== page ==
Most recently, Jonathan was on the organizing committee of the Film Studies Association of Canada’s 2016 Annual Graduate Colloquium. As part of this team, he developed an “uncolloquium” that provided graduate students in-depth feedback on their projects and developed skills useful to pursuing careers in academic and non-academic fields. He facilitated a workshop based on this experience, “Reimagining the Graduate Conference,” at The Future of the PhD in Humanities Conference in Ottawa in May.
Melinda Julie Phuong (Graduate Program in Education)
My name is Melinda Julie Phuong and I'm a first year Masters of Education student. My research is focused on how specific post-secondary education policies and government policies affect student access and subsequently, their educational success. I would like to serve as the student representative on the FGS Petitions Committee.
In the 2013-2015 academic years, I had the privilege of serving on York University’s Senate as a senator through the Faculty of Education Students’ Association. In this capacity, I also served on several subcommittees including the Senate Appeals Committee (SAC), which is where students and faculty can appeal Faculty committee decisions on petitions. As an educator, this perspective was, and still is crucial in helping me understand the multi-dimensional complexities of students and situations. My experience on SAC taught me a lot about the procedural aspects of petitions and appeals at York University but more importantly, it was an eye-opener in realising the major obstacles students sometimes face while working towards their degree, affecting their educational success.
Serving as Masters Representative this year on the York Graduate Students in Education has allowed me to learn through faculty members and colleagues about structural changes in the university as well as its effects on graduate students. Student involvement in university governance is important to me- both for the student voice and to gain a better understanding of the intricacies of the institution. I hope to be given the opportunity to serve as your student representative on the FGS Petitions Committee next year.
Shubha Sandill (Graduate Program in Gender, Feminist & Women’s Studies)
Shubha Sandill is a community activist, researcher, entrepreneur, and fourth year PhD student at York University’s Graduate Program in Gender, Feminist and Women’s Studies. Shubha has a diverse academic career that began with a PhD in Urban Geography from Agra University in India in 1991. She shifted gears to the corporate world after immigrating to Canada, acting as Director of Richa Enterprises Inc., a private corporation that operated a lucrative chain of retail businesses. In 2010, she returned to academia to pursue her second Masters in Globalization Studies at McMaster University. Subsequently, in 2012, Shubha commenced her second PhD at York University, focusing her research on women in family entrepreneurships, women’s economic empowement and gender justice.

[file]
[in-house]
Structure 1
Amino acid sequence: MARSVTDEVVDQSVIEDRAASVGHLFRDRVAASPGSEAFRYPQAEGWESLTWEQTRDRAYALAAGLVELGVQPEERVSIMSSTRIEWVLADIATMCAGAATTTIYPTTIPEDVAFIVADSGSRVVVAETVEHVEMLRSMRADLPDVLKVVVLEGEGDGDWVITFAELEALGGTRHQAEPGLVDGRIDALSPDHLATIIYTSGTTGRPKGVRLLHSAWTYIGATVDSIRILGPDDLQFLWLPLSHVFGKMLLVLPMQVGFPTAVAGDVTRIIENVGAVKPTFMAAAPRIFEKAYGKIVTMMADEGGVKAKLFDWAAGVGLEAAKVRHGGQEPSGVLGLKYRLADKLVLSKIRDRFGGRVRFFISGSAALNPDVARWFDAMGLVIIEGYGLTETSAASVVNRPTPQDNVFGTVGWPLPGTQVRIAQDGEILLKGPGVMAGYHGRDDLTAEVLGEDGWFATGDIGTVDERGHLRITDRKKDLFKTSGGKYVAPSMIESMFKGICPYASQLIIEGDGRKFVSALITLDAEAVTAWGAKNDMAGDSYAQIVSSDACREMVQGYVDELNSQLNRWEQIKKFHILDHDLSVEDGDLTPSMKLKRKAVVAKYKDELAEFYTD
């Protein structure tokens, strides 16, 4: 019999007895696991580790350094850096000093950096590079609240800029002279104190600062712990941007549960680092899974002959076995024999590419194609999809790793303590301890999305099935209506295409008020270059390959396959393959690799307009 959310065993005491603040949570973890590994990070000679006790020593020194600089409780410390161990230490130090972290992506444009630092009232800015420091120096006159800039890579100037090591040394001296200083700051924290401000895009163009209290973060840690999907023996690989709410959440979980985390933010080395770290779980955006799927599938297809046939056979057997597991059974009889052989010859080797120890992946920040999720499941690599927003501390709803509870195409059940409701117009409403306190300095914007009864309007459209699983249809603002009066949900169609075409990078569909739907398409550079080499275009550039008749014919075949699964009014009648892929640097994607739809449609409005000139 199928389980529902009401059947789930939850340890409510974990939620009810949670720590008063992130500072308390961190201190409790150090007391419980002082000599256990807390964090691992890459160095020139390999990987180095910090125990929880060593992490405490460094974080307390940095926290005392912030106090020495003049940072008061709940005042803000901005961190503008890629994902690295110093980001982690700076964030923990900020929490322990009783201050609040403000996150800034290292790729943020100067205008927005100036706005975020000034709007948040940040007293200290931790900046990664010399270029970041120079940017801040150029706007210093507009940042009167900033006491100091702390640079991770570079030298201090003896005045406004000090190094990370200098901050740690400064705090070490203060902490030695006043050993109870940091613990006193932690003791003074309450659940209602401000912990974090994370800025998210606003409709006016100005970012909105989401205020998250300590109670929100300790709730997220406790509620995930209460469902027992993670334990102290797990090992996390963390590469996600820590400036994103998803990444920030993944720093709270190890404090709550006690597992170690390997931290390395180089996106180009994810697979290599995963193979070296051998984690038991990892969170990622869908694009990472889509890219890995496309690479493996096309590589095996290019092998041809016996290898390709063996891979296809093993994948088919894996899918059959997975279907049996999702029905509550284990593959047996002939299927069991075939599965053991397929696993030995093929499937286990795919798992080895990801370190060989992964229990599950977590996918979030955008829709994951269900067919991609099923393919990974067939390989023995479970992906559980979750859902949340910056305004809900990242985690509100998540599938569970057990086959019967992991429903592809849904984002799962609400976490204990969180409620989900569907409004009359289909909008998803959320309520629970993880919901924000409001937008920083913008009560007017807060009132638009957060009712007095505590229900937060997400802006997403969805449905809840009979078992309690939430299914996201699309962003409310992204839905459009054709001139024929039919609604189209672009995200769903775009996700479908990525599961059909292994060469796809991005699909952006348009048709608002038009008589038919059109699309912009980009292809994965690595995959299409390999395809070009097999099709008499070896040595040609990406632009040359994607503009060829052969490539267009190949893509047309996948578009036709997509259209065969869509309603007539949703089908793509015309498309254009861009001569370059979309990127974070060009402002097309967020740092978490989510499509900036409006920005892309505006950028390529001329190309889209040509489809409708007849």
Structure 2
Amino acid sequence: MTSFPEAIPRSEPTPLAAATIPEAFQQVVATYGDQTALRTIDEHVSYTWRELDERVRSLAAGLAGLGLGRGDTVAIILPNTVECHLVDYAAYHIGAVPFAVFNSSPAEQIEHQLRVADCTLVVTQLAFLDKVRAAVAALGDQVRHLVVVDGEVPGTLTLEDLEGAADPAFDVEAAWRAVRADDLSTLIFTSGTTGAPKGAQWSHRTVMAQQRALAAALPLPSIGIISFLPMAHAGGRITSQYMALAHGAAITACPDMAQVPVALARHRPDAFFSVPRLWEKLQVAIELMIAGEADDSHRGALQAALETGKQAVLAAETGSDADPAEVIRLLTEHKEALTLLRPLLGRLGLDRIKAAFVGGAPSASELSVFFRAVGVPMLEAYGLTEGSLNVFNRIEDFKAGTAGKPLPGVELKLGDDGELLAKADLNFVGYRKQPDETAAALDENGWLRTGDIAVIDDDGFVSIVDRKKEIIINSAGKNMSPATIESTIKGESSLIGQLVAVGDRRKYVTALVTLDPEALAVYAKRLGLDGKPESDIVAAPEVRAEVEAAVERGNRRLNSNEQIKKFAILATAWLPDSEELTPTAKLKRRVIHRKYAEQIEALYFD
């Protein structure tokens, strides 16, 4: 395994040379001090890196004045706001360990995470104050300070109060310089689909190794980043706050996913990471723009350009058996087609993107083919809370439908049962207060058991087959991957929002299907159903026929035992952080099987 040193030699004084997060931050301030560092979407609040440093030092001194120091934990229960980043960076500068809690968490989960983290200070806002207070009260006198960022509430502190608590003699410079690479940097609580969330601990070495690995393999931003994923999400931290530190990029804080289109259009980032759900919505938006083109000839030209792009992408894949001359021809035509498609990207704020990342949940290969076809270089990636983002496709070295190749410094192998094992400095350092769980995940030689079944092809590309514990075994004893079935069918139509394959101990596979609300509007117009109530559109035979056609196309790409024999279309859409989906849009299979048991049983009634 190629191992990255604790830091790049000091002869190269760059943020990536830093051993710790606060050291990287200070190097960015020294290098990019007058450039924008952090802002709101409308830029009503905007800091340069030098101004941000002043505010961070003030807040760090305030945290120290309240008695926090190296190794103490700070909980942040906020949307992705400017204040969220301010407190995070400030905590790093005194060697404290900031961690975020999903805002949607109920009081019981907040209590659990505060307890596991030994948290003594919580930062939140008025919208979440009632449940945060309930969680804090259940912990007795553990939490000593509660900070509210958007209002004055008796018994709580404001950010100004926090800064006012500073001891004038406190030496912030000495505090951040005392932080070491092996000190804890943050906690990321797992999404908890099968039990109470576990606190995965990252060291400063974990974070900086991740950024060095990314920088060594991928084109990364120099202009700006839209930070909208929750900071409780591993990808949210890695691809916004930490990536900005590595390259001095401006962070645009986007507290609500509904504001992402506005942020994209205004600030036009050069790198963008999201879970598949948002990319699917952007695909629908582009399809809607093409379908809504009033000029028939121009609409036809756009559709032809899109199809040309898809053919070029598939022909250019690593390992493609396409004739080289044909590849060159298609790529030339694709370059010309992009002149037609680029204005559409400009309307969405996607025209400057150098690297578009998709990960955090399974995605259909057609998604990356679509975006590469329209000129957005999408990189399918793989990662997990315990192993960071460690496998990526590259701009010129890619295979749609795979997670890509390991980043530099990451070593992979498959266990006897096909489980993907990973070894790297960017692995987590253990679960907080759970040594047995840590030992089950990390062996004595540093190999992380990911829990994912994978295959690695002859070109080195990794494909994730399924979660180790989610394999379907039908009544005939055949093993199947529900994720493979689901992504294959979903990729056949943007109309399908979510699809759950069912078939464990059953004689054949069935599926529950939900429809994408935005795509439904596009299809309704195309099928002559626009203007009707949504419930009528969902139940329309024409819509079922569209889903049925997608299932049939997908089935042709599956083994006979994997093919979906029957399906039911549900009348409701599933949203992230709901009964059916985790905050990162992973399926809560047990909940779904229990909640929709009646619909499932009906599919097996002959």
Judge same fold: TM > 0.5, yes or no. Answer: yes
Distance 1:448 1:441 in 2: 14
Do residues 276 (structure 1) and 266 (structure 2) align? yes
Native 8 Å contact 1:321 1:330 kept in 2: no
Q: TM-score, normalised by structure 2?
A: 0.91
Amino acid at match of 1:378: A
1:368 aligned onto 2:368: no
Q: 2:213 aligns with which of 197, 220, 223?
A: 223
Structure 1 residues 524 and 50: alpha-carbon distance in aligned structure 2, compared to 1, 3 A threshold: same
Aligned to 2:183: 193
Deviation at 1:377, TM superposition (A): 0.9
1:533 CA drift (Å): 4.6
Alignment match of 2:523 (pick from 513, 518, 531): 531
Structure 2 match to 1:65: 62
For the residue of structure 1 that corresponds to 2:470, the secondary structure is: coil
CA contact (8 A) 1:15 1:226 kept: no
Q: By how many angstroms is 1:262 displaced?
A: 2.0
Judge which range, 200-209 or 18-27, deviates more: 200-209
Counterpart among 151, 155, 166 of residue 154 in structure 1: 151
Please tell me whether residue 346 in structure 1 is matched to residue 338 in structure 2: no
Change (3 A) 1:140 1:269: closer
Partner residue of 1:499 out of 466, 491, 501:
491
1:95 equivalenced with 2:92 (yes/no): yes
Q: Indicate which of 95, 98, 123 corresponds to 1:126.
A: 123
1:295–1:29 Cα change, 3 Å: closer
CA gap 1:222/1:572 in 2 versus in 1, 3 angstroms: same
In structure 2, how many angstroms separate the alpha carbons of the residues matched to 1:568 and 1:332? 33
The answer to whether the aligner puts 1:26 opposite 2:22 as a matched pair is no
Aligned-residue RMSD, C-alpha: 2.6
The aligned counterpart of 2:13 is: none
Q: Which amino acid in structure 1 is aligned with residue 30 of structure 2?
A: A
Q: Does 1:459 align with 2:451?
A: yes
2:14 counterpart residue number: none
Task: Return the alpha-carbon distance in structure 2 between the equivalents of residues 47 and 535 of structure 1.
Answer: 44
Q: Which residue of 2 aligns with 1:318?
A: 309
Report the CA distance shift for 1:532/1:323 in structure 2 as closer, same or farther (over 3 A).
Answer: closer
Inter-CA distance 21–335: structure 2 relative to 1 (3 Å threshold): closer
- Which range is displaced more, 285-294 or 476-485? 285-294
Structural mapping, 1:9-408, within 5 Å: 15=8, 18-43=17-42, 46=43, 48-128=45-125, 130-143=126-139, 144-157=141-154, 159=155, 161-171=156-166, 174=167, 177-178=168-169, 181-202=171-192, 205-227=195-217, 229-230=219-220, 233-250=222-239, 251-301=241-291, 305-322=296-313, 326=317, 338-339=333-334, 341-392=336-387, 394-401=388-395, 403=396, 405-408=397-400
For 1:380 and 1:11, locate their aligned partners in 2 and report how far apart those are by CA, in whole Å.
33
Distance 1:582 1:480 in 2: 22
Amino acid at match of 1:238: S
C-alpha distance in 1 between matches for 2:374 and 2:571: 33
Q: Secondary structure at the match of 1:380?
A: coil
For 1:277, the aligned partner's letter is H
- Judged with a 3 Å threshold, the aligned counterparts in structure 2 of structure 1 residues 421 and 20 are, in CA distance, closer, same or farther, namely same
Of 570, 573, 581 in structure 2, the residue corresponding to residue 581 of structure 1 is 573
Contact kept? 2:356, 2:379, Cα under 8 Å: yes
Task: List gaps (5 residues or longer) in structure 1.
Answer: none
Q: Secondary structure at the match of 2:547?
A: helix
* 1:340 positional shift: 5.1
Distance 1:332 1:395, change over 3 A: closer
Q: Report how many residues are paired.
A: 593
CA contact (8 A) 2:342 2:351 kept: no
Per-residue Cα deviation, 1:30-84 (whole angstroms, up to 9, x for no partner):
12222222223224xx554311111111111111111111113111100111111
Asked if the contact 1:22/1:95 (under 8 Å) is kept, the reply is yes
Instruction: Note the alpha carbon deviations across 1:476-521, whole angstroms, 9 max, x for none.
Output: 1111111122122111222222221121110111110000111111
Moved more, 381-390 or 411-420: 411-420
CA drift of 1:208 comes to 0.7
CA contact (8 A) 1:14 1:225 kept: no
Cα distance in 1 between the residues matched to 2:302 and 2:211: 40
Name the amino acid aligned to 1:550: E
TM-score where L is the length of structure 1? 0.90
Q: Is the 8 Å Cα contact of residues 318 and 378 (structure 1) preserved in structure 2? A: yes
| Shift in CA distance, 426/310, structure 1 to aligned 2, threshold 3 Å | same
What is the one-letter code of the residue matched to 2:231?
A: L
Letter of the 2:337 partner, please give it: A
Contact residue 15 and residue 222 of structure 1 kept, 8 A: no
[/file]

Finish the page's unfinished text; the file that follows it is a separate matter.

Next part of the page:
Alongside her academic endeavours, Shubha holds the position of Director on the Executive Committees for both the Hamilton West-Ancaster-Dundas Federal Liberal Riding Association, and the Hamilton Mountain Federal Liberal Riding Association. She is a member of the Hamilton Organizing for Poverty Elimination (HOPE) Committee, a subsidiary of the Hamilton Social Planning and Research Council. She supports Fieldcote Memorial Park and Museum’s art and heritage initiatives in Ancaster through her role on its Volunteer Committee. Shubha is also the Group Manager for the United Nations Group on LinkedIn, with a global membership of over 45,000, as well as the United Nations Business Partnerships Group. At York, she has sat on the 2015 Sexuality Studies Visiting Scholar Adjudication Committee. Shubha is the 2016 recipient of the Peneleope Jane Glasser Award from the Faculty of Graduate Studies.
I attained an Honors Bachelor of Arts at the University of Western Ontario and a Certificate in Accounting at York University before writing my professional designation exams. I am currently a student in the Masters of Financial Accountability Program (MFAc), focussing on the improvement of accountability and governance relationships in private and public organizations.
Through the MFAc program I am learning practical tools and gaining the knowledge required to deal with organizational, ethical and legislative matters in various contexts.
I consider my communication skills, both written and verbal, to be outstanding. I am a flexible and open-minded individual, highly organized and have an eye for detail. I serve on various committees thus I have experience collaborating effectively on a team.
My strong attributes and the skills I have gained through my professional experience and during my graduate studies are aligned with the responsibilities of the Council of FGS and, specifically, the mandate of the Petitions Committee.
Serving on the Petitions Committee will be advantageous to the committee, who will value my meticulous methodologies for tackling issues and my dedication to upholding fairness and integrity in all decisions I make.
Further, serving on the Committee will allow me to (1) gain insight into York’s Graduate Studies administration, (2) apply the knowledge I have learned regarding governance, and (3) make a positive contribution to the fair and systematic enactment of York’s regulations.